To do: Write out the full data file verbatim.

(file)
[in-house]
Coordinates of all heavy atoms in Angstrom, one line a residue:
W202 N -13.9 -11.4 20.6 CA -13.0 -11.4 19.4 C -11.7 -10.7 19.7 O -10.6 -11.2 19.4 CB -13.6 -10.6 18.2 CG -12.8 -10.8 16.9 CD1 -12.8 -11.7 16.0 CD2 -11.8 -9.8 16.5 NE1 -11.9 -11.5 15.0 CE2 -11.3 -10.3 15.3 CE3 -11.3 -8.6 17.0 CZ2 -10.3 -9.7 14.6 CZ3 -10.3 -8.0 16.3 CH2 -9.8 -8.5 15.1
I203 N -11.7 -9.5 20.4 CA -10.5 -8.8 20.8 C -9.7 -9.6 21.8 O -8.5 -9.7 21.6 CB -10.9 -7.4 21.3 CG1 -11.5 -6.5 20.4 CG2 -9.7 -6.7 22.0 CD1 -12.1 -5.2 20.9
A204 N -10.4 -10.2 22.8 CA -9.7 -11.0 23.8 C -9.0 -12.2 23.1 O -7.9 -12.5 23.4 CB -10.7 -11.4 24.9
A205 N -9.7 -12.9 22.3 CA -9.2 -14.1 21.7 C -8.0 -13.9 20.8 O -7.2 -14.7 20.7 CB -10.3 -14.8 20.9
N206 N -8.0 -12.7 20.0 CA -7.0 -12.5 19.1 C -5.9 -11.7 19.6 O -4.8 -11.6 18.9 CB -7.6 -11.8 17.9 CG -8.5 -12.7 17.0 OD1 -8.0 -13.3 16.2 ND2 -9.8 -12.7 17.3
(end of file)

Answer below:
[in-house]
Coordinates of all heavy atoms in Angstrom, one line a residue:
W202 N -13.9 -11.4 20.6 CA -13.0 -11.4 19.4 C -11.7 -10.7 19.7 O -10.6 -11.2 19.4 CB -13.6 -10.6 18.2 CG -12.8 -10.8 16.9 CD1 -12.8 -11.7 16.0 CD2 -11.8 -9.8 16.5 NE1 -11.9 -11.5 15.0 CE2 -11.3 -10.3 15.3 CE3 -11.3 -8.6 17.0 CZ2 -10.3 -9.7 14.6 CZ3 -10.3 -8.0 16.3 CH2 -9.8 -8.5 15.1
I203 N -11.7 -9.5 20.4 CA -10.5 -8.8 20.8 C -9.7 -9.6 21.8 O -8.5 -9.7 21.6 CB -10.9 -7.4 21.3 CG1 -11.5 -6.5 20.4 CG2 -9.7 -6.7 22.0 CD1 -12.1 -5.2 20.9
A204 N -10.4 -10.2 22.8 CA -9.7 -11.0 23.8 C -9.0 -12.2 23.1 O -7.9 -12.5 23.4 CB -10.7 -11.4 24.9
A205 N -9.7 -12.9 22.3 CA -9.2 -14.1 21.7 C -8.0 -13.9 20.8 O -7.2 -14.7 20.7 CB -10.3 -14.8 20.9
N206 N -8.0 -12.7 20.0 CA -7.0 -12.5 19.1 C -5.9 -11.7 19.6 O -4.8 -11.6 18.9 CB -7.6 -11.8 17.9 CG -8.5 -12.7 17.0 OD1 -8.0 -13.3 16.2 ND2 -9.8 -12.7 17.3